The Innovation Reluctance Holding Australia’s Small Businesses Back
Innovation is the flavour of the month. Small business can become the key to open the innovation door but first leadership in small business or indeed any business will need to be understood as the act of enabling the other. If each person we have a conversation with goes away feeling better about themselves the result is likely to be all hands on deck to make a success of the new venture. When people feel they belong they want to make it happen.
In Australia, small business is a big deal. There are over two million actively trading businesses in the country today, and over 99 percent of these organisations are in the small- and medium-sized enterprise category. Of these SMEs, the overwhelming majority are micro-businesses employing fewer than four members of staff.
In terms of economic contribution, these small businesses are similarly impressive, employing 70 percent of the Australian workforce and boasting employee figures of well over 700,000 in industries as wide ranging as construction, scientific, retail, and accommodation and food services.
These statistics are not anomalies. Time and time again we see that small businesses are Australia’s fiscal engine room, driving the economy and powering the ongoing evolution of our society. However, the picture is not a wholly positive one, as the latest figures from the Australian Bureau of Statistics have highlighted.
Driving Forces in Innovation
In business, innovation is key. Without innovation, businesses become staid and listless, markets become stagnant, and the repercussions on the wider economy can be very grave indeed. With small business playing such a key role in Australia’s financial landscape, we need entrepreneurial small business owners to lead the way in terms of innovation, picking up the baton and carrying it as far as is possible.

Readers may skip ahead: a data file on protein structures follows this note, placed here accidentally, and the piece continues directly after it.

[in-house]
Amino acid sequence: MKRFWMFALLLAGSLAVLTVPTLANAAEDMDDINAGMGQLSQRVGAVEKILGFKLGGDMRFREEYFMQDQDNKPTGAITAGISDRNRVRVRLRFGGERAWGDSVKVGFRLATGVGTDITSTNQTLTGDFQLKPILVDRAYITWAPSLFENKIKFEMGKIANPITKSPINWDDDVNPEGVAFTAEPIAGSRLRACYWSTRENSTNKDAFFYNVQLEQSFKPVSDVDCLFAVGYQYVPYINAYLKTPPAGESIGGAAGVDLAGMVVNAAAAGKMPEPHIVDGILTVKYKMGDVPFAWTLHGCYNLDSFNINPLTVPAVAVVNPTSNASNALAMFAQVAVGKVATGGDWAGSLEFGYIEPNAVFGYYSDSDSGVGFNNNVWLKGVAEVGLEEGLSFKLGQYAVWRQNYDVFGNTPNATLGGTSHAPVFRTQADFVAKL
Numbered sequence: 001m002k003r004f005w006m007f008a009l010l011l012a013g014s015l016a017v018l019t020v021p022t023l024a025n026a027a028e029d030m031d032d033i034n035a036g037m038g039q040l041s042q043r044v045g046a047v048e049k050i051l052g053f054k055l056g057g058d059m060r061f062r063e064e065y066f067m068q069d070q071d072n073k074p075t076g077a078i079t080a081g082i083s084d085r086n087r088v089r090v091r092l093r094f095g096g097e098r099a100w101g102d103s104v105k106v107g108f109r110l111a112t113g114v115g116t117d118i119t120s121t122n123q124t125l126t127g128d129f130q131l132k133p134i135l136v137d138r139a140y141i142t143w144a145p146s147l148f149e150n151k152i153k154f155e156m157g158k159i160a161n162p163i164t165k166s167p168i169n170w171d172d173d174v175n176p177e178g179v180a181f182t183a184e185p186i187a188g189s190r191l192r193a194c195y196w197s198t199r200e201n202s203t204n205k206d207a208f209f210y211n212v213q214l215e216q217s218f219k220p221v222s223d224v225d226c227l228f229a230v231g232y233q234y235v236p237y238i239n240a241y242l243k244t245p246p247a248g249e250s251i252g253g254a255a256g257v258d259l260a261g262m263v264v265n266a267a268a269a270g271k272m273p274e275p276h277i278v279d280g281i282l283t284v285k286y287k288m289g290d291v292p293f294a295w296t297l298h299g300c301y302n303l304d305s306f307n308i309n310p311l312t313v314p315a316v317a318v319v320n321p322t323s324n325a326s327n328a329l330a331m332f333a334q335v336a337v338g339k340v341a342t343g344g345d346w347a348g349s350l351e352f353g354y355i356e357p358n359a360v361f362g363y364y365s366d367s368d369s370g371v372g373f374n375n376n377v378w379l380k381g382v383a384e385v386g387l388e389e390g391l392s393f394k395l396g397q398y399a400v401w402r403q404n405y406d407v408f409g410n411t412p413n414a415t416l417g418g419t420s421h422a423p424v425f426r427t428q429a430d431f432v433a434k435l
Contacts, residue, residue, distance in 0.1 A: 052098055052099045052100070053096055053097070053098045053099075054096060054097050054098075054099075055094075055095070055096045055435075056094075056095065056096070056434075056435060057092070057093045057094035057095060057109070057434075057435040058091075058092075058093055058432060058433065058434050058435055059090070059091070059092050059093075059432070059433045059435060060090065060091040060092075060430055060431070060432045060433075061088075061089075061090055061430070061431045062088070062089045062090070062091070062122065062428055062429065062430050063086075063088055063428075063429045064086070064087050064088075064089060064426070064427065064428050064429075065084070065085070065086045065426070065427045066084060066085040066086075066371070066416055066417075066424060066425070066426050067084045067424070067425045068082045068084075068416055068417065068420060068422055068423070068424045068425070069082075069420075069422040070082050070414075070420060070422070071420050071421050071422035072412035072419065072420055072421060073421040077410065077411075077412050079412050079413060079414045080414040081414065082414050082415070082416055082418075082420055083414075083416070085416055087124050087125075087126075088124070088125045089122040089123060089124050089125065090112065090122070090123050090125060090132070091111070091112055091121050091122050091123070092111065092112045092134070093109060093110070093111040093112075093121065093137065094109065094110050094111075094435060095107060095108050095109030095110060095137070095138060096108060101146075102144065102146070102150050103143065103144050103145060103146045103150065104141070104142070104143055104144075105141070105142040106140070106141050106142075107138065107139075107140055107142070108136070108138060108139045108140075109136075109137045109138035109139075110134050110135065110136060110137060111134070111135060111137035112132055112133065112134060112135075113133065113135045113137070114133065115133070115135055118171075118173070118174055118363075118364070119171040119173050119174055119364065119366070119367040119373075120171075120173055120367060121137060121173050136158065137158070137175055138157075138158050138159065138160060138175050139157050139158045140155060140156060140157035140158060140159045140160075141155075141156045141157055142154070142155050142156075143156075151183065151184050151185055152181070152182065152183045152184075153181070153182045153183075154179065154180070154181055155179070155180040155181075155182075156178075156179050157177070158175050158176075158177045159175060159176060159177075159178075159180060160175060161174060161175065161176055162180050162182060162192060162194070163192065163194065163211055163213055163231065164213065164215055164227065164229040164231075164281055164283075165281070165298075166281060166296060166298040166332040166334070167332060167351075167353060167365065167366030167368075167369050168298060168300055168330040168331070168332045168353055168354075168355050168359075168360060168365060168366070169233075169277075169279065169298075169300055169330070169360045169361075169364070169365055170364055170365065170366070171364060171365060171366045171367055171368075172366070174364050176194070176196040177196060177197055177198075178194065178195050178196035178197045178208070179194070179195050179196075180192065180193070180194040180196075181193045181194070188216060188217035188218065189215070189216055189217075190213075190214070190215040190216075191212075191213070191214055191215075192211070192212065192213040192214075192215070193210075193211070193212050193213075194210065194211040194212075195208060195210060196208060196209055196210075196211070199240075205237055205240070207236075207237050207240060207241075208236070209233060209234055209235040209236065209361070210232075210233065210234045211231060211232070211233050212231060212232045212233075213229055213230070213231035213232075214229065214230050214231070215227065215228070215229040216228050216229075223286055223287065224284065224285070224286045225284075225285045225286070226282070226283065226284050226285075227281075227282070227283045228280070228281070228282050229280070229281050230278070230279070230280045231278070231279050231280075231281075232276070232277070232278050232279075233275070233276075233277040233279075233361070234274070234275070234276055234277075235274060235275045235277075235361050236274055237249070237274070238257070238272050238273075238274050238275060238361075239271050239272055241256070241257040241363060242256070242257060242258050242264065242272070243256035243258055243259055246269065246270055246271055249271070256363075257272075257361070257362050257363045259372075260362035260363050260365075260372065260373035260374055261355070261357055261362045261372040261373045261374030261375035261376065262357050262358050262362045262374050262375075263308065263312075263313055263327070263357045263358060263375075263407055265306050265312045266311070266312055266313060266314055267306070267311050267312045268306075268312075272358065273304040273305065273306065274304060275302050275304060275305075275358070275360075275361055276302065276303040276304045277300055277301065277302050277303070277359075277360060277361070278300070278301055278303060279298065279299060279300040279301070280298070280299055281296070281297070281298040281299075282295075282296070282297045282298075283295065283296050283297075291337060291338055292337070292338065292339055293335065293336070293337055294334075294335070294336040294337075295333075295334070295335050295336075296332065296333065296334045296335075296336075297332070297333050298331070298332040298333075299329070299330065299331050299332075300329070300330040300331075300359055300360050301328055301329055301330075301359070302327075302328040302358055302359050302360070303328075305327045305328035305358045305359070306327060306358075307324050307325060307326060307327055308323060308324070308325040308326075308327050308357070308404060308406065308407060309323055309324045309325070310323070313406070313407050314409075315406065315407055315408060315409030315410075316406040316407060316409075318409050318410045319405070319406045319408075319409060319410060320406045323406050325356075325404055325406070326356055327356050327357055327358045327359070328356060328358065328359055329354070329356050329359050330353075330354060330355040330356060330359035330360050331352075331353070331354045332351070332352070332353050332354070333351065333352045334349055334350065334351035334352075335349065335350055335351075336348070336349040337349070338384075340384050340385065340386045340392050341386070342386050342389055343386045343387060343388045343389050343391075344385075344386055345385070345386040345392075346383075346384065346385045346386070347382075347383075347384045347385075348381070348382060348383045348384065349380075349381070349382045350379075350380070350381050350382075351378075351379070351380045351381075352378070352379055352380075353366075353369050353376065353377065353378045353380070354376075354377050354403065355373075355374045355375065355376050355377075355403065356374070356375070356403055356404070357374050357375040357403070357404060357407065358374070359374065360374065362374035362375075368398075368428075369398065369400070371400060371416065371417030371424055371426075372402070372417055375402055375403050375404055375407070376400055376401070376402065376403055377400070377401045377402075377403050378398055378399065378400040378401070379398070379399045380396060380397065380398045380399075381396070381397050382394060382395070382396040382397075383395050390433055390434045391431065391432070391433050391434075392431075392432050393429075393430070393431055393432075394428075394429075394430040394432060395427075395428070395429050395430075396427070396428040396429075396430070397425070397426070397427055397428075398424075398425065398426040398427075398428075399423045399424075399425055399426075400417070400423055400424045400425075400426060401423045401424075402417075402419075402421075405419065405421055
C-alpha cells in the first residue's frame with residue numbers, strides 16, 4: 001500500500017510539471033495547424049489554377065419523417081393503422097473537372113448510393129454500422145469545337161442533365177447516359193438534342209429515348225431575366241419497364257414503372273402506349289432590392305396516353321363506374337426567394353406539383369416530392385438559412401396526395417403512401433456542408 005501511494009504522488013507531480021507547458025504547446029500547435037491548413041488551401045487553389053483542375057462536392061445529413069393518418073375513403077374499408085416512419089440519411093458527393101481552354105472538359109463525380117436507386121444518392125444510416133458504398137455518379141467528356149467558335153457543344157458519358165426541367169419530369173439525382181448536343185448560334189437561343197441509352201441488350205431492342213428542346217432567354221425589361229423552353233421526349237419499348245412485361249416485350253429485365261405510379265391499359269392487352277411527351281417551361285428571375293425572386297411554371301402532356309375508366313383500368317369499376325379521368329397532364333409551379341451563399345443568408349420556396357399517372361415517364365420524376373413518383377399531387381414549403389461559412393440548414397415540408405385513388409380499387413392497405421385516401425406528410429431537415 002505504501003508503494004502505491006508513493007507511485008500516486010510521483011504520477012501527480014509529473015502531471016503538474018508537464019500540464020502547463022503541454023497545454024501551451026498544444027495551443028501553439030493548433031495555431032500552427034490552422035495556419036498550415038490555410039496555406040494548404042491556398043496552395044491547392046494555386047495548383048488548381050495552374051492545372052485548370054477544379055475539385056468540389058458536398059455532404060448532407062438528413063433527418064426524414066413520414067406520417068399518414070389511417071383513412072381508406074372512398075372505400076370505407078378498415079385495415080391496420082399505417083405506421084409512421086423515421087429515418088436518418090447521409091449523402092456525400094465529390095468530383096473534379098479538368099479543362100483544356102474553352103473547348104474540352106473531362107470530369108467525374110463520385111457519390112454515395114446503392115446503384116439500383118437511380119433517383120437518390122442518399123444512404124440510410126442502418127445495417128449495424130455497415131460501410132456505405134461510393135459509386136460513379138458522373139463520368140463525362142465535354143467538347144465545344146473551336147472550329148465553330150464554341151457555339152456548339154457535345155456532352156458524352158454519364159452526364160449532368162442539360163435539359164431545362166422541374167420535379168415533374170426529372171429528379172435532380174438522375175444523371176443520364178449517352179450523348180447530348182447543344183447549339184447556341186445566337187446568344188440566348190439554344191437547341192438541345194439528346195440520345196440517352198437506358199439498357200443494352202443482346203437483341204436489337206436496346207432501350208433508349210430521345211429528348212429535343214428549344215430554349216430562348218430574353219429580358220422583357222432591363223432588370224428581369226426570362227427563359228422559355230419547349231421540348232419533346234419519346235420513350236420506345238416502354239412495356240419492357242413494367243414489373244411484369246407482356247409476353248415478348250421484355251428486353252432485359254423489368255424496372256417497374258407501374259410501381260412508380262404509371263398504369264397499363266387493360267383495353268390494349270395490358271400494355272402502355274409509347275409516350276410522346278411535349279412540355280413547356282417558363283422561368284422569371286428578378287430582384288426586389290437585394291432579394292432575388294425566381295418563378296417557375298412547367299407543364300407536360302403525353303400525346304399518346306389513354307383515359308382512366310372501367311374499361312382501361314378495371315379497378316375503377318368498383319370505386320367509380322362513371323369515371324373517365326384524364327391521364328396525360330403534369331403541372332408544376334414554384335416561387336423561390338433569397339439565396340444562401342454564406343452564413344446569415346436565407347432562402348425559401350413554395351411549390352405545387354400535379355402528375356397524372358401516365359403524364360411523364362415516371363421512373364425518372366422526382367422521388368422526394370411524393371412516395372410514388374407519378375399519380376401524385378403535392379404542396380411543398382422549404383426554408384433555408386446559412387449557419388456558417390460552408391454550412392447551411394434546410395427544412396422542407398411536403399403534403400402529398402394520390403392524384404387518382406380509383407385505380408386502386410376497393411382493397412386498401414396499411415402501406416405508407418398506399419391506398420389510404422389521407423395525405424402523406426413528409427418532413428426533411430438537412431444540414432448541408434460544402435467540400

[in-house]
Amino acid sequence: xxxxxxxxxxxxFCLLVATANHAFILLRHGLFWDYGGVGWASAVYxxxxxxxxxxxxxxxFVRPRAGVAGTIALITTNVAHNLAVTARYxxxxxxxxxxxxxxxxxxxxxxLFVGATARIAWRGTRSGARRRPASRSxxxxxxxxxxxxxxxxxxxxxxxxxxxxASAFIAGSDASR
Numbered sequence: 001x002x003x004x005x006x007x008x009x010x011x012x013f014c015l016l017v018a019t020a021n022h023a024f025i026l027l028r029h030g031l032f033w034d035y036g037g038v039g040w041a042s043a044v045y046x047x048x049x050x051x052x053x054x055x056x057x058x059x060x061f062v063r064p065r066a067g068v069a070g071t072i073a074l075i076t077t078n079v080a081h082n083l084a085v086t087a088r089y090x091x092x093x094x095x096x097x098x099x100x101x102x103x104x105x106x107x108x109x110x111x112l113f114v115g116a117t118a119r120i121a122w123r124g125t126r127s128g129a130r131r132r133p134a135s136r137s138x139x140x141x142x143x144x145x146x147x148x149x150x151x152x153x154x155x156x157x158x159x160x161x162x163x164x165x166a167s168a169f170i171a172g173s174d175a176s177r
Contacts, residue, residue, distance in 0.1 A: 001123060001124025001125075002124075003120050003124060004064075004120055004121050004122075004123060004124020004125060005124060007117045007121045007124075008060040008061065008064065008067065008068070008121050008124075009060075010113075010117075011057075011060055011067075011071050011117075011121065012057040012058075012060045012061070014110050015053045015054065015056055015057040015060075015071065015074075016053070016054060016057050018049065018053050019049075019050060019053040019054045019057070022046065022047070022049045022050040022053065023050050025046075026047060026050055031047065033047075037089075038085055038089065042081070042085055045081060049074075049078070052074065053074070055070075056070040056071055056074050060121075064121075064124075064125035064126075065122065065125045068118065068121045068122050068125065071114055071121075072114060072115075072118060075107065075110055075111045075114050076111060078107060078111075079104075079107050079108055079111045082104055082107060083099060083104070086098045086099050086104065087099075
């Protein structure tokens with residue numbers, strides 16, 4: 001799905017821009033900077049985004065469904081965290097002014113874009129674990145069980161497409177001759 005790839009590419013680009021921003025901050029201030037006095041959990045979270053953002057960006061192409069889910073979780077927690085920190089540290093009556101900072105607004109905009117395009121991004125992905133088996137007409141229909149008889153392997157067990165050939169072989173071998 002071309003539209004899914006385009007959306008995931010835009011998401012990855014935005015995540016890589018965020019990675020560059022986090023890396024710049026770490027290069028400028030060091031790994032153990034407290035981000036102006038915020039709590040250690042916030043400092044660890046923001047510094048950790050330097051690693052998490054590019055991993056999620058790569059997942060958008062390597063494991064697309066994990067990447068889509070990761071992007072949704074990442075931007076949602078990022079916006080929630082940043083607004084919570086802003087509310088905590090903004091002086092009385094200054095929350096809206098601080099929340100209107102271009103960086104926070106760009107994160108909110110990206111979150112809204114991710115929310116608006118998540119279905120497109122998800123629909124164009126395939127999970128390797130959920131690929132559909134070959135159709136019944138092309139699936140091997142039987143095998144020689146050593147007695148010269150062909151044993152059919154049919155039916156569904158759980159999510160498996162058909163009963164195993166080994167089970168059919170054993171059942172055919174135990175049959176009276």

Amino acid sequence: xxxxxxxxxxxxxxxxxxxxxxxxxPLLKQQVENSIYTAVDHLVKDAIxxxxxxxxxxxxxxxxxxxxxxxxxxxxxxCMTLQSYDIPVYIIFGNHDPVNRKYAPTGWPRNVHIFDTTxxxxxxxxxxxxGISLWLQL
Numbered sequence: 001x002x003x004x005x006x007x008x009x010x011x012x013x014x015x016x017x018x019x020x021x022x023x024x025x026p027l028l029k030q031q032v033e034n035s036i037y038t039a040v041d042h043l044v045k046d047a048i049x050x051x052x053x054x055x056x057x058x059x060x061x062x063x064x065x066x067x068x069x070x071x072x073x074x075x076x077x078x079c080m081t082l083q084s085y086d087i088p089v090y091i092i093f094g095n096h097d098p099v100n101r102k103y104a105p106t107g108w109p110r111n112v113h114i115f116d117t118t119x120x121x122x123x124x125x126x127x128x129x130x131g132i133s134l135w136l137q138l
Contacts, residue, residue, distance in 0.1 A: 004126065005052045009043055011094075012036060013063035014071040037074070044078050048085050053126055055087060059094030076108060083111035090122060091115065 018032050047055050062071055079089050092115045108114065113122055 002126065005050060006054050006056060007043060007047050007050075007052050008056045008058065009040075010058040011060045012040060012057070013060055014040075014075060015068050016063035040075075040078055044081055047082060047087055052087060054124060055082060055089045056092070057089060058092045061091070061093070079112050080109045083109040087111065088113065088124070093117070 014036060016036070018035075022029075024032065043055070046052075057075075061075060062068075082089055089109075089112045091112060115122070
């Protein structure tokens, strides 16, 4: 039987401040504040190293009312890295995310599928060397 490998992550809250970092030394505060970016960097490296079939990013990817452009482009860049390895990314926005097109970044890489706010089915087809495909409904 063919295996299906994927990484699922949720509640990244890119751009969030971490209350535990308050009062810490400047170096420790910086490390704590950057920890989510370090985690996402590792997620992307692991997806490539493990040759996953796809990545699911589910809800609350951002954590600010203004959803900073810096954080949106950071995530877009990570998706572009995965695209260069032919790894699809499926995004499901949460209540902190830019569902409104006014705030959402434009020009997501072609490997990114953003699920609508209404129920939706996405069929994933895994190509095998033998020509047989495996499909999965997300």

Unfortunately, it appears that this is not the case. The ABS’ findings showed that larger businesses are twice as likely to experiment and innovate during the research and development phase, experimenting and developing new ideas as they go. What’s more, the margins are not small; the ABS’ survey found that 73 percent of businesses employing 200 employees or more were defined as "innovation active," with only 37 percent of the micro-businesses discussed above falling into the same category.
This goes against the public perception of the smallest businesses as agile, adaptable, flexible and constantly willing to meet new challenges. Instead, it is the larger corporations which are flying the flag for innovation in business and industry.
Risk and Innovation
One of the reasons for this is the relative levels of protection enjoyed by each stratum of business. It is not always the case, but larger businesses tend to be more established, with diversified revenue streams, and can afford to take calculated risks with regard to product development and general business innovation. On the whole, small business owners are more reluctant to expose themselves to risk in this way, simply because the stakes are higher.
Another factor is capability. Despite making up more than 99 percent of the total number of businesses operating in Australia today, small- and medium-sized enterprises invest only $5 billion in research and development each year. This is in stark contrast to the $12 billion invested by large businesses over the same period.
If small business owners feel discouraged when approaching innovation, or feel that the precariousness of their situation precludes them from taking risks and pushing the boundaries in their field, then this is a severe problem. It is in the interests of all of us – not just small scale business leaders and entrepreneurs – that these SMEs are in a position to develop, grow and evolve. If we create an atmosphere in which that cannot happen, then all of us suffer.
Margaret Bell, AM - Founder and CEO of Chain Reaction Foundation.
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